A world without antibiotics would drive us back to the Dark Ages. When we run out of bacteria-fighting drugs -- a scenario that scientists say might come sooner than later -- major surgery will be too risky to perform, and food will get more expensive. Even our wound treatment could get medieval, but with a high-tech twist. One scientist is making genetically-modified maggots that pump out human growth factor, which could help treat and sterilize open wounds when antibiotics don't work anymore. [...]
The green bottle fly larvae is already used in FDA-approved "maggot debridement therapy," in which maggots are applied to non-healing wounds, like diabetic foot ulcers, which can lead to gangrene. It's a time-honoured technique, and seems to work in a few different ways. Maggots munch away dead tissue, but also "change the pH of the wound," Scott said, by secreting ammonia and making it more alkaline, and thus less friendly to invasive bacteria. "They also secrete antimicrobial peptides," he said. The bugs can be effective against MRSA, for example, a particularly fearsome drug-resistant bug.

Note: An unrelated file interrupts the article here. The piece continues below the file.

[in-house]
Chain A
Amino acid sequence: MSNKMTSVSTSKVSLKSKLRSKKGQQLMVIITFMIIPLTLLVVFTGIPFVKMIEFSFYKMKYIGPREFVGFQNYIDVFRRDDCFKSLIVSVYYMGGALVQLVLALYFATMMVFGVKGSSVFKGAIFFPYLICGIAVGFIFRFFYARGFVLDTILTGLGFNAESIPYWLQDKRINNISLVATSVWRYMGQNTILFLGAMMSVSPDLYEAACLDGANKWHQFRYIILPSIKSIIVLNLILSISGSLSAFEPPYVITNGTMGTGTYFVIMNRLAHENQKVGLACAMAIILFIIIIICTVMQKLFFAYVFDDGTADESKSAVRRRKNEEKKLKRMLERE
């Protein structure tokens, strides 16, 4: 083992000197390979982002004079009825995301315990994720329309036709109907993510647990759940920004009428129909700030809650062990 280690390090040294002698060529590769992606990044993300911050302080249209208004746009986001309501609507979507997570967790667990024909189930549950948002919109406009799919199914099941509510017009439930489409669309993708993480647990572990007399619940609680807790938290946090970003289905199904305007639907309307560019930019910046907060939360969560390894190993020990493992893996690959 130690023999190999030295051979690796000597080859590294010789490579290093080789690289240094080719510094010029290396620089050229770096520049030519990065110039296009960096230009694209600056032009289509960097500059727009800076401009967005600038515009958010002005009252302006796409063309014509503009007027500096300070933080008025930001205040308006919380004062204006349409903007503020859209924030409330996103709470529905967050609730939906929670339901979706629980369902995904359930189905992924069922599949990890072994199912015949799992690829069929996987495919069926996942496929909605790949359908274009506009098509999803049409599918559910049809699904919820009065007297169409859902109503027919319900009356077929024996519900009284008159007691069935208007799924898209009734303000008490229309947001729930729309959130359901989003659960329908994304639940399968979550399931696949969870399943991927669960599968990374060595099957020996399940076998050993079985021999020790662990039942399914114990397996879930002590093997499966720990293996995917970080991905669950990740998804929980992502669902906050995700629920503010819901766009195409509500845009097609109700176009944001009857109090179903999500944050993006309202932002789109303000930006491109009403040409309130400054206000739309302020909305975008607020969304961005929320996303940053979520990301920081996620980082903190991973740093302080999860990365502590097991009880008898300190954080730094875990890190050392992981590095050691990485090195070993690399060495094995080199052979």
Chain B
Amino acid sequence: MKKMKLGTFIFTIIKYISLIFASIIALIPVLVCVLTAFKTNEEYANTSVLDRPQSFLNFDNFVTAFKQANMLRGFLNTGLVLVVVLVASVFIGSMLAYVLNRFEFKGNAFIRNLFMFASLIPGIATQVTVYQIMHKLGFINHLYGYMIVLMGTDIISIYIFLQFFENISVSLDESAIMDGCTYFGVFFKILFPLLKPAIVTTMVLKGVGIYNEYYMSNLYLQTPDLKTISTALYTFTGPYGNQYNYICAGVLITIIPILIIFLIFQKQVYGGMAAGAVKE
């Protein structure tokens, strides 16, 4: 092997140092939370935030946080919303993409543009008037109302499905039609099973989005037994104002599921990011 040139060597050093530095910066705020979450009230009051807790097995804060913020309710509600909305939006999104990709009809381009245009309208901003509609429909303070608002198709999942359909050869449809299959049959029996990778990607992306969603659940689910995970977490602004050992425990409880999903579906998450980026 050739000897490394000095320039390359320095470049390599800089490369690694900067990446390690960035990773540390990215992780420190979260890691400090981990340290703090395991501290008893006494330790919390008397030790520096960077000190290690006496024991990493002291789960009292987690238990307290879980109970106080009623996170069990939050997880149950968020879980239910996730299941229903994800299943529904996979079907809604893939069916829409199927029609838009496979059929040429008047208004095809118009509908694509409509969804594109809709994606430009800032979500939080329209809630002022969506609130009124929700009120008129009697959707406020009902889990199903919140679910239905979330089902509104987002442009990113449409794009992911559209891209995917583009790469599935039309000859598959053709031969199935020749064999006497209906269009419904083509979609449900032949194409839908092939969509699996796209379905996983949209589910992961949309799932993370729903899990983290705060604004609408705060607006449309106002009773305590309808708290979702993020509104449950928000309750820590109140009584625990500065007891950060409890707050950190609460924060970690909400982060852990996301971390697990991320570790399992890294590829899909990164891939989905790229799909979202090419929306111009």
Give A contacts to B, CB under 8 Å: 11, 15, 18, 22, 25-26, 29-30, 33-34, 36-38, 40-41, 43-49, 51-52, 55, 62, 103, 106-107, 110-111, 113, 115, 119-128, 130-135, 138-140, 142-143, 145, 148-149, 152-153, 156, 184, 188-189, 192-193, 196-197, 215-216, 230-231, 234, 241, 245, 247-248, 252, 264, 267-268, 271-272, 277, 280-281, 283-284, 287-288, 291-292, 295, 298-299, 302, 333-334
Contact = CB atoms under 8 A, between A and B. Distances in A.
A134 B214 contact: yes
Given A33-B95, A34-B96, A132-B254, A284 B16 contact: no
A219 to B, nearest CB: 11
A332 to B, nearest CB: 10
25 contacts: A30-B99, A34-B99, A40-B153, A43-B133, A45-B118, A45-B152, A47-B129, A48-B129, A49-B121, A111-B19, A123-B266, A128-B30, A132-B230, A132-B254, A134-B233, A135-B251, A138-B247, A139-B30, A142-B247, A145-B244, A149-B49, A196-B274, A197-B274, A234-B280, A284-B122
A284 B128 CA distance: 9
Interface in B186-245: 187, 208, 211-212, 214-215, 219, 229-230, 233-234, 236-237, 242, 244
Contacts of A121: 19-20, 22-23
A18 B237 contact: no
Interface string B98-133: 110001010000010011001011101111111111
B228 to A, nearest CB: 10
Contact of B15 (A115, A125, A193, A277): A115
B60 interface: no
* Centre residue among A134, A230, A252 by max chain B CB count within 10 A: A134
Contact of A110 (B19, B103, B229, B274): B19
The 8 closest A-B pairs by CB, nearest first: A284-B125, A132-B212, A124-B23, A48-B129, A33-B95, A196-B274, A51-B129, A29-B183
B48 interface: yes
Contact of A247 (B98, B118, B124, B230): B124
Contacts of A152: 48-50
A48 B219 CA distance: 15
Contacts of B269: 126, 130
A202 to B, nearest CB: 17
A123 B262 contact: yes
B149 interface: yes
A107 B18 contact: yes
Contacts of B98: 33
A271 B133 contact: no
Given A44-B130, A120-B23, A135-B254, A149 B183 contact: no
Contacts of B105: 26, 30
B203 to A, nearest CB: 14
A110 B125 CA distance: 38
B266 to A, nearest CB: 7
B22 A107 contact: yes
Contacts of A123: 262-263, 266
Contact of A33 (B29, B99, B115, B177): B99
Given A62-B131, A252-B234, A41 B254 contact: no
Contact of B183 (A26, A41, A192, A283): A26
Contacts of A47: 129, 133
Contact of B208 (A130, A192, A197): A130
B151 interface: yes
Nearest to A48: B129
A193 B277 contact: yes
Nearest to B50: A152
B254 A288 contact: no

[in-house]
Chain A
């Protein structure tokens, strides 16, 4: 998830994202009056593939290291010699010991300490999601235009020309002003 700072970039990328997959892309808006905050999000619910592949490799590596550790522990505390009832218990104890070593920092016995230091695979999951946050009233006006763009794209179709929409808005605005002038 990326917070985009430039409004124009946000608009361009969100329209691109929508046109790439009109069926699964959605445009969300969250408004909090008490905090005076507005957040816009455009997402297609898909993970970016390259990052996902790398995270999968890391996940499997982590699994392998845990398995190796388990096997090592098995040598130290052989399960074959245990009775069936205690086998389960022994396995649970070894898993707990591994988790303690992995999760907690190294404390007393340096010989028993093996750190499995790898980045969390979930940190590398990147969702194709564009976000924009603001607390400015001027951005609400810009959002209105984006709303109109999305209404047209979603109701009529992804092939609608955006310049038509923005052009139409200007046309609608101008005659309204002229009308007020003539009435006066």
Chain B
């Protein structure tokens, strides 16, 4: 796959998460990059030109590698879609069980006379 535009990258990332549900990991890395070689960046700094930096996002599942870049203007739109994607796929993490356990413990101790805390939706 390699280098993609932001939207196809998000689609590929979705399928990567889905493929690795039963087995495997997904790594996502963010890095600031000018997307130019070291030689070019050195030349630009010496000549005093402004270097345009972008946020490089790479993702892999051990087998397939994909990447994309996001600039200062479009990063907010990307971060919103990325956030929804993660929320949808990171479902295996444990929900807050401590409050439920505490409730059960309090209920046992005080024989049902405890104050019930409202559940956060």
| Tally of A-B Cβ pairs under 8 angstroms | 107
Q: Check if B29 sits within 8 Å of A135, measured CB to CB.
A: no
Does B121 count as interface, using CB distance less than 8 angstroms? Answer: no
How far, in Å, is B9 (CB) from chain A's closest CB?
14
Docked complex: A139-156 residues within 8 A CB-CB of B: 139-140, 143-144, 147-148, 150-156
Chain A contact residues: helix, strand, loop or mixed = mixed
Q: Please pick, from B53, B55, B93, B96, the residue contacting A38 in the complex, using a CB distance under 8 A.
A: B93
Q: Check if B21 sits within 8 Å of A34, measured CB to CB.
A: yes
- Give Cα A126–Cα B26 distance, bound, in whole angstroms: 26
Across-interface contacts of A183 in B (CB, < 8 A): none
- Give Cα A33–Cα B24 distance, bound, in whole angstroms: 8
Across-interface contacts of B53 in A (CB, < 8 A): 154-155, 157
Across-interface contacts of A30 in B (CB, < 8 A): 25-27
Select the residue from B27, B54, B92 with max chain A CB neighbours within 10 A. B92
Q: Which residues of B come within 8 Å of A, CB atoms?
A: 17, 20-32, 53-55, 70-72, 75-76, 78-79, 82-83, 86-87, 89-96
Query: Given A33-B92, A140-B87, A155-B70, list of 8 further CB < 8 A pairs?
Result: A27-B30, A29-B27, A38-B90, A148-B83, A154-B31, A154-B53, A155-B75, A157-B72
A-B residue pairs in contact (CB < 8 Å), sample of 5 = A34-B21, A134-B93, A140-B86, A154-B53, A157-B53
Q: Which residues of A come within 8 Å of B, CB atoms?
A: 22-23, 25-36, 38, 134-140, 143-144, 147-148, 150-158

These GM maggots are even better, because they also pump out something called human platelet-derived growth factor-BB, which stimulates cell growth and survival.
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